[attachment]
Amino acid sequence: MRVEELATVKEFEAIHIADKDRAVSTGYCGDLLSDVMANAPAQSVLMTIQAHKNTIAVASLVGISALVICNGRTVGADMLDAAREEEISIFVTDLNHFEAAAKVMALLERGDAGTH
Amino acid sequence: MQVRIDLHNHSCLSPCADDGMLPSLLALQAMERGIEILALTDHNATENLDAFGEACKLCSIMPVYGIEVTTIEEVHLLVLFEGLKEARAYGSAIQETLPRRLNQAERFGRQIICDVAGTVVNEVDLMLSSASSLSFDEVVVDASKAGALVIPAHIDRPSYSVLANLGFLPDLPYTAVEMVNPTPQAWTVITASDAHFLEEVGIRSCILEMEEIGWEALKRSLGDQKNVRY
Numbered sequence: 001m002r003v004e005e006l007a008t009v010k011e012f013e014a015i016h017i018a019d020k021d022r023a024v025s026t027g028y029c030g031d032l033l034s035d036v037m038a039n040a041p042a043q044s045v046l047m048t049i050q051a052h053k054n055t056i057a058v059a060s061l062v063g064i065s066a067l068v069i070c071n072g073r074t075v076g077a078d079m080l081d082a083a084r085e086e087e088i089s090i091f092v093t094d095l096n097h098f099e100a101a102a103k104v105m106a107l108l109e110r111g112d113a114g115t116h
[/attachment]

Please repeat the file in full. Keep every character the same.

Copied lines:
Amino acid sequence: MRVEELATVKEFEAIHIADKDRAVSTGYCGDLLSDVMANAPAQSVLMTIQAHKNTIAVASLVGISALVICNGRTVGADMLDAAREEEISIFVTDLNHFEAAAKVMALLERGDAGTH
Amino acid sequence: MQVRIDLHNHSCLSPCADDGMLPSLLALQAMERGIEILALTDHNATENLDAFGEACKLCSIMPVYGIEVTTIEEVHLLVLFEGLKEARAYGSAIQETLPRRLNQAERFGRQIICDVAGTVVNEVDLMLSSASSLSFDEVVVDASKAGALVIPAHIDRPSYSVLANLGFLPDLPYTAVEMVNPTPQAWTVITASDAHFLEEVGIRSCILEMEEIGWEALKRSLGDQKNVRY
Numbered sequence: 001m002r003v004e005e006l007a008t009v010k011e012f013e014a015i016h017i018a019d020k021d022r023a024v025s026t027g028y029c030g031d032l033l034s035d036v037m038a039n040a041p042a043q044s045v046l047m048t049i050q051a052h053k054n055t056i057a058v059a060s061l062v063g064i065s066a067l068v069i070c071n072g073r074t075v076g077a078d079m080l081d082a083a084r085e086e087e088i089s090i091f092v093t094d095l096n097h098f099e100a101a102a103k104v105m106a107l108l109e110r111g112d113a114g115t116h